I am relatively new to woodworking and have been lurking here learning a
lot. I am planning to build a large, informal dining table to accomodate
the entire family. It will be about 10 feet long and 38 to 40 inches wide. I
plan to adapt a trestle base from an existing plan that I have. The top
will be based on a table a relative of mine uses which he told me was made
from heart pine flooring. I have gotten recycled heart pint flooring. Like
most flooring it is much shorter than 10 feet. What I pan to do is start
with a plywood under layer and then attached the pine flooring to it and
this will fomr the table top. This results in three questions, how do I join
two pieces of plywood to get the 10foot lenght, how do I attached the
flooring to allow for wood movement and should I use some type of hard
finish on the plywood to seal it from any spills that may make their way
thru the top?
Appreciate any help I can get and will probably be back with more questions
as this progresses.
On Sun, 19 Dec 2004 13:05:05 -0500, "Russ Stanton"
Doesn't sound like a good idea to fasten the boards to ply (you'll get
splits and/or gaps). You can make longer boards using finger joints.
Read up about wood movement and how this is done with table tops,
especially large ones.
Help me to understand the difference in wood movement between using the
flooring on a table top and suing it as flooring and fastened to an
I understand the wood will tend move more in width than length, I was
thinking of leaving just a bit of gap in the tongue and groove and fasten
perhaps with a slot in the plywood and one screw, or could I nail in a
manner like a hardwood floor is nailed to underlayerment?
Just as one response points out, the boards are nailed to the floor joists.
But more important, around the border of the installation, a gap is left
(hidden by kick or shoe molding) allowing the floor to expand and contract
with seasonal changes. Besides this fact, most hardwood floors will have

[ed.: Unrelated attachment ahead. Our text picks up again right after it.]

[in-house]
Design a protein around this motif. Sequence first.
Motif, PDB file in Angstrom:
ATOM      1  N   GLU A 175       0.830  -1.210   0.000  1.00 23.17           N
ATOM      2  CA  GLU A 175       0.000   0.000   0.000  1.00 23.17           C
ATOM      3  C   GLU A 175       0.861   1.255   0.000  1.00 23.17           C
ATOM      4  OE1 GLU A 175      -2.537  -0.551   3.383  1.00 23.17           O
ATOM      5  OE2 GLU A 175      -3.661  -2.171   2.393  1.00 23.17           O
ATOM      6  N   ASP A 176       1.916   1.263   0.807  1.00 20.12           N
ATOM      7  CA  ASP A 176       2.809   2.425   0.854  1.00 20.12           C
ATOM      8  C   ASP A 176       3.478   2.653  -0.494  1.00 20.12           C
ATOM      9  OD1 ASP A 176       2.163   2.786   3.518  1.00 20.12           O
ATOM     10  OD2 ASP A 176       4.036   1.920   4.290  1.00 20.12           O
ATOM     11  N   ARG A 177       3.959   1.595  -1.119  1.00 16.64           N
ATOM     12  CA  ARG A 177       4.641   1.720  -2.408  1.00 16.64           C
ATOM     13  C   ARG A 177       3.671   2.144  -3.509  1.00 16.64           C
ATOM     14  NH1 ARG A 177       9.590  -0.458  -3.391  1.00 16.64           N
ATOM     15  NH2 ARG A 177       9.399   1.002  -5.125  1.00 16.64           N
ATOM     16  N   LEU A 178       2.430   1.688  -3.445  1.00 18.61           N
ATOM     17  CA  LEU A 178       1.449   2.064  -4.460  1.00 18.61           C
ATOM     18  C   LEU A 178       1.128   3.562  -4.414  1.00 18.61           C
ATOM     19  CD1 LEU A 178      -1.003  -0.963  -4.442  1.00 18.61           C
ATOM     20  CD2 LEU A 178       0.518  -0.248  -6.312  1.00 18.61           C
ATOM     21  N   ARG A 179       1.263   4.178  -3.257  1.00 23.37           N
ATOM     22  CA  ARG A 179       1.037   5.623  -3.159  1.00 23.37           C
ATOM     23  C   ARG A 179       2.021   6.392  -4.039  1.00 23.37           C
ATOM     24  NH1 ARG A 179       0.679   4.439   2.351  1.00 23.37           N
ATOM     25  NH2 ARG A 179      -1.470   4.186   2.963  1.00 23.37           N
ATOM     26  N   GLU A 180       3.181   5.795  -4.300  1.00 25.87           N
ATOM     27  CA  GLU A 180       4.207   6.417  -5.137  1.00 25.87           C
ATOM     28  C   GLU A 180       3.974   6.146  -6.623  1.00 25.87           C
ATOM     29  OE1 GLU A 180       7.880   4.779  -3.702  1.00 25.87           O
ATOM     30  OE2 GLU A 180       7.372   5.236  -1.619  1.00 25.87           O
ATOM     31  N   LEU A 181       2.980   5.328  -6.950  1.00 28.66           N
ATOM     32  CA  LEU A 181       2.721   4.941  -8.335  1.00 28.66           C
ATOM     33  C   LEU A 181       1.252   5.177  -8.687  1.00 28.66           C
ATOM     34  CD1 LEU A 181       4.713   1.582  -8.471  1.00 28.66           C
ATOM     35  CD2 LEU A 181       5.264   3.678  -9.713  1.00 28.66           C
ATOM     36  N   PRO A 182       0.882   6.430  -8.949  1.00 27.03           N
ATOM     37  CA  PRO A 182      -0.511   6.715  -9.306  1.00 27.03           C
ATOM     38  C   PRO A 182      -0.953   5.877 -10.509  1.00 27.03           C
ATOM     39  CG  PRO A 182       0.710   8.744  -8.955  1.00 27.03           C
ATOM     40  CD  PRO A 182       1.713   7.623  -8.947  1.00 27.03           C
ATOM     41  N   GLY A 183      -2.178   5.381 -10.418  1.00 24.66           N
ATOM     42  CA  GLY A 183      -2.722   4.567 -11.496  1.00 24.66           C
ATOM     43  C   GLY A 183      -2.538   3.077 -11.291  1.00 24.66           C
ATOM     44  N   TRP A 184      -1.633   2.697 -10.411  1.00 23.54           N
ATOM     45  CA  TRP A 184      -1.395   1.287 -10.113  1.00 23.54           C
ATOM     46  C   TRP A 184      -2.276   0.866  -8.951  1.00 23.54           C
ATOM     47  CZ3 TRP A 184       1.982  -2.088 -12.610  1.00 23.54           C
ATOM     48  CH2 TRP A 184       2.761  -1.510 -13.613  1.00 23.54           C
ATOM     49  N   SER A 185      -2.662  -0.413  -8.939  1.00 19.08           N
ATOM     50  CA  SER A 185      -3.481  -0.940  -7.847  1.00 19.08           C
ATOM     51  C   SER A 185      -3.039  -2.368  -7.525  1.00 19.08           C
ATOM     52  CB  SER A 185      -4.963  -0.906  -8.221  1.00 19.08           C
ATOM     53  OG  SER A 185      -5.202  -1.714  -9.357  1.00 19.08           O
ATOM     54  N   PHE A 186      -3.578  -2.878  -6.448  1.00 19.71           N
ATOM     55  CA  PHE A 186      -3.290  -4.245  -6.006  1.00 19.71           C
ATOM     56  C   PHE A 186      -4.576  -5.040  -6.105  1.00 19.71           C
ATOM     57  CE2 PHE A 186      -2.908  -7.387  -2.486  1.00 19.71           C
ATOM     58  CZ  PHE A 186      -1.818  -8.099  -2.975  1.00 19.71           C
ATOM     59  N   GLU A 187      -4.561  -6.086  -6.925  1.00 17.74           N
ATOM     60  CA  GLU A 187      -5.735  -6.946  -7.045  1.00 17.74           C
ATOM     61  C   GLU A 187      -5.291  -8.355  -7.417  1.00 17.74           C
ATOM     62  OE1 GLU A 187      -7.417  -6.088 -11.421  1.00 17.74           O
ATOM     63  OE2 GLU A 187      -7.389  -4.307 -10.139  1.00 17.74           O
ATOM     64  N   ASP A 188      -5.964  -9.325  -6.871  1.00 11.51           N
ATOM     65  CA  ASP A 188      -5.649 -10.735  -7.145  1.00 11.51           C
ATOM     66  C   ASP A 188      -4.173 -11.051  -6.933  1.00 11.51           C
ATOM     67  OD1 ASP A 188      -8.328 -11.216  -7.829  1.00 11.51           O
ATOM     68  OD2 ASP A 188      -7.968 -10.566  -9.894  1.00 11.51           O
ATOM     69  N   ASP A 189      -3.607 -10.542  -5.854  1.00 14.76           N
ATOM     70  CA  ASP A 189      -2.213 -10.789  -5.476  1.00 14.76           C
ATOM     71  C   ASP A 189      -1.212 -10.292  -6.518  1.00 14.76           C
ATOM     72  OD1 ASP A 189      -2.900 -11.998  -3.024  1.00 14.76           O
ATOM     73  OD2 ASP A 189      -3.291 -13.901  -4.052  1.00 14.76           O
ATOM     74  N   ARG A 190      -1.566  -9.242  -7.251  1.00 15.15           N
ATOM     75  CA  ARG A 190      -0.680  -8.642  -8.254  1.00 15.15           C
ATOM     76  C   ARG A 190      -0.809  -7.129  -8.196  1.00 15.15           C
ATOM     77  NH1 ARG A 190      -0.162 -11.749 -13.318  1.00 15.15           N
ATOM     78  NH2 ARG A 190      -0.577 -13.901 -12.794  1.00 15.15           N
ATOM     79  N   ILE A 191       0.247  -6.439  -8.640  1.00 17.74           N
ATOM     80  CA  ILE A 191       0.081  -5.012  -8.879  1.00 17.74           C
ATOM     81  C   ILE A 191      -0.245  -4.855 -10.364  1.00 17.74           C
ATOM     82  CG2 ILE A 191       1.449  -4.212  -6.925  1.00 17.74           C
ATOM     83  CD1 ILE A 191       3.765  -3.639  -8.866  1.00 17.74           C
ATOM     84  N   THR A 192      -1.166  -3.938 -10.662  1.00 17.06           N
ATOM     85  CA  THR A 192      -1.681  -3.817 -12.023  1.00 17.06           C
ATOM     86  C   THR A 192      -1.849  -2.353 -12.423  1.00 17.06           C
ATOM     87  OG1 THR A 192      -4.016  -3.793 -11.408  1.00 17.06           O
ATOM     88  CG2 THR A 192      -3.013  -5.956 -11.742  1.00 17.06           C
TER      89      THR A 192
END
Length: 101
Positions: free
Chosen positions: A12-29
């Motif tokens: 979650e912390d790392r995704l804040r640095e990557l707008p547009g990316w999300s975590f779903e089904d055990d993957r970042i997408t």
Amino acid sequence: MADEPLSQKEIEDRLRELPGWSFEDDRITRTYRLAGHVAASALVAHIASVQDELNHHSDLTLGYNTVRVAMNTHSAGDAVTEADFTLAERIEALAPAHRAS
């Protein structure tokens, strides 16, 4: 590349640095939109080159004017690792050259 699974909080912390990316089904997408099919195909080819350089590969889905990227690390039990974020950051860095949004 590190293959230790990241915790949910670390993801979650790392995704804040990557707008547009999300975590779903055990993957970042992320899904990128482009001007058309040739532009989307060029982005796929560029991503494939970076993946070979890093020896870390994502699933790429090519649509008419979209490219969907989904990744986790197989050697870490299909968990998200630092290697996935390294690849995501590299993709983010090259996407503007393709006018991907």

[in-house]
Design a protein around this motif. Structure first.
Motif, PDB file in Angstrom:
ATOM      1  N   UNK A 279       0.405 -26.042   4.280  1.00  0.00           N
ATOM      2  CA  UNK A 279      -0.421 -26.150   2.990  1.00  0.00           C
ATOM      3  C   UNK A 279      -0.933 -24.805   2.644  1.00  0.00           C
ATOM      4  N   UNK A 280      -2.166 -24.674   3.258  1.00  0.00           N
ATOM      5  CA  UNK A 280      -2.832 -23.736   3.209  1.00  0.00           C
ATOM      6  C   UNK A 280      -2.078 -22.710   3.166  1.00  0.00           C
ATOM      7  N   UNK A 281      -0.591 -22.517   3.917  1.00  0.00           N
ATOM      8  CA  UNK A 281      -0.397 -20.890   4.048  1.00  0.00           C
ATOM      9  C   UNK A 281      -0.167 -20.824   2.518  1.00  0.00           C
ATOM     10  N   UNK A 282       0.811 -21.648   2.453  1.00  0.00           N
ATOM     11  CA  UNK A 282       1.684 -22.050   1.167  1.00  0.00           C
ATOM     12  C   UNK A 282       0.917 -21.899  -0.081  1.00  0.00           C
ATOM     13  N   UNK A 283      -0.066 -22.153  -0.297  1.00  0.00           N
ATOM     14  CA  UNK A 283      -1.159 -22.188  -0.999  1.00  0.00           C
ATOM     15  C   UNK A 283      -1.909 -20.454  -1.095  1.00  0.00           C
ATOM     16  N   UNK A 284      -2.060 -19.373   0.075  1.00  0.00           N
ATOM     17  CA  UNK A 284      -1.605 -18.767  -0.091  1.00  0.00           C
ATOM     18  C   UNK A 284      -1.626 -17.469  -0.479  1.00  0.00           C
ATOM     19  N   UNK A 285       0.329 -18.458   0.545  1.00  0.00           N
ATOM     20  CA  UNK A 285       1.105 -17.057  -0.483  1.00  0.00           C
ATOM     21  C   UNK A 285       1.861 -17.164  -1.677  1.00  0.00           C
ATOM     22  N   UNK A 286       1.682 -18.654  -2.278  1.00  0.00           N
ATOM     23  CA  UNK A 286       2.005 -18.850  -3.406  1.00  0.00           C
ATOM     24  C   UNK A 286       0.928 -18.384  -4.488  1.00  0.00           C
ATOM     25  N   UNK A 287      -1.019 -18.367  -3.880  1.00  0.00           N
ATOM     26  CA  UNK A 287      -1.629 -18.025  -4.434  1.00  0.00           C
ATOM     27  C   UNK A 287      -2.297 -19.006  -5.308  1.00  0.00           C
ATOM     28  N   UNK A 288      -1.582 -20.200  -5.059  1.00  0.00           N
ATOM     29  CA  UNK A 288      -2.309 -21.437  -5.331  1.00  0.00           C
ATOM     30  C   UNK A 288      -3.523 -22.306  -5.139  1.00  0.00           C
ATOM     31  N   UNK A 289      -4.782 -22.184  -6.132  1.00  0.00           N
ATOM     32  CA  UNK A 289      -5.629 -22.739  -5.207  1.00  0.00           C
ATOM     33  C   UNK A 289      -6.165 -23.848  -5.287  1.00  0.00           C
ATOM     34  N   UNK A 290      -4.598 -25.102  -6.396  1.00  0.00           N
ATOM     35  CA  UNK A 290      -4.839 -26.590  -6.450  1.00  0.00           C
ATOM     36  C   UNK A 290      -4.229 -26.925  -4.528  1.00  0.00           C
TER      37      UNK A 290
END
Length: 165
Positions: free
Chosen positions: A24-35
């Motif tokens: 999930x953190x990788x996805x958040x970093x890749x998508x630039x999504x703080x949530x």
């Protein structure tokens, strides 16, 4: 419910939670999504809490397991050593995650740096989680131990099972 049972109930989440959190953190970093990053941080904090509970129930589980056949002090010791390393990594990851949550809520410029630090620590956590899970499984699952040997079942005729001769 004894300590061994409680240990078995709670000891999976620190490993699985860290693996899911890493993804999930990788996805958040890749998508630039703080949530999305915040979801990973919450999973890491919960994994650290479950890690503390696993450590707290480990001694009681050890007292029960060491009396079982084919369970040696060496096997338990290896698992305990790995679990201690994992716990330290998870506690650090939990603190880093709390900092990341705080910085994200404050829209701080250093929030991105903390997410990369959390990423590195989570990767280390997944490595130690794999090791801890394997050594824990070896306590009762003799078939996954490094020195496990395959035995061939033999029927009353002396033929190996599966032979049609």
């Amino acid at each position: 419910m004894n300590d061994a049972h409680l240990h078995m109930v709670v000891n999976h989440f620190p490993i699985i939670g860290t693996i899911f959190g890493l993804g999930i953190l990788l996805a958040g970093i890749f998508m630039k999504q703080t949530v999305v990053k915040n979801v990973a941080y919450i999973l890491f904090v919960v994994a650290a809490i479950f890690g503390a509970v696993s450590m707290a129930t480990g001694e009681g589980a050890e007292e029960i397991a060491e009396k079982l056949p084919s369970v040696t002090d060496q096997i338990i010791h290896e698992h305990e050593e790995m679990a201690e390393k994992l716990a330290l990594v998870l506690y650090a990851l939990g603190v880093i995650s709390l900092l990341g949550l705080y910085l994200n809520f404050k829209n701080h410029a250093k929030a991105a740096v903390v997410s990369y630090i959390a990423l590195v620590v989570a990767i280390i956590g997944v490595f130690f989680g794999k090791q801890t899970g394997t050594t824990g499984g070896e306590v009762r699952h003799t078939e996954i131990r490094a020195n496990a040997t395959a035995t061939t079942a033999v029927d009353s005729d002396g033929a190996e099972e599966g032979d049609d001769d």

some cracks in the boards somewhere with time, no matter the expert
installation. This is acceptable, not so with a dining table.
Are you sure you want a trestle table 10 feet long? Does your dining room
look like a monastary? Usually a design that includes expandable leaves is
much more desireable as it can be configured for additional guests as the
needs arise. Search your favorite woodworking catalogs for the proper
hardware to allow the center to be split and leaves (leafs?) dropped in.
In terms of length, I have the room (not a monastary) and would prefer the
look without leaves.
Understand the wood movement, would the idea I mentioned, using screws in a
slot in the ply to hold the floor planks down handle the wood movement. I
saw this approach mentioned in other table applications and thought it would
work in this design. Also I had planned to edge the table so that both the
ply and the floor plank edges were covered with a contrasting hardwood.
Thanks for information being presented, if the screw in a slot idea does not
work, then I'll look at other design approaches.
You could also go with the plywood sub-base and biscuit join (or spline
join) the board together. That way you could simple run three rows of
screws underneath. One row right up the middle with no slot required
since there will be no movement there. And the other two rows on the
edges runinng down the length. Naturally leave room with a slot for
expansion. If you aren't sure play it on the safe side and go more than
you need. When you are done, monitor the wood movement over a year
(each season) to see how the wood moves. Then you'll know for next
On Sun, 19 Dec 2004 21:20:45 -0500, "Russ Stanton"
while you might get a table that works this way, I think you'd get a
much nicer table top by joining up full thickness planks. the cost
will be about the same, and the result will be much more satisfying.
I'd forget about the plywood underneath. Your idea with slotted screws
would work though. If you are trying the get 10 boards, there are a
number of methods. Mortise and tenon, floating tenon, connect the two
boards underneath with a length of solid wood extending 12 -15 inches
or so from the length of the joint
I want to thank everybody for their replies inlcuding a few who sent direct
Since the screw in a slot idea seems like it will work that is the approach
I plan to take. I realize that I could use an entirely different approach
but I am actually after the "look" of recycled flooring as a table top.
It is great to get advice from folks like you and I really do approciate it.
I'll probably be back for more help, in time its back to lurk mode.
I built a 48 inch by 96 inch trestle table a few years back. Two leaves
are included in the 96 inches of length. The main problem I had was
moving the dang thing when then time came. I had to take it apart to
get it into two of our houses. I still have it upstairs but will
probably get rid of it soon as it is taking up too much room.
Good luck and I think you will enjoy the work and the satisfaction of
using it for years afterward!
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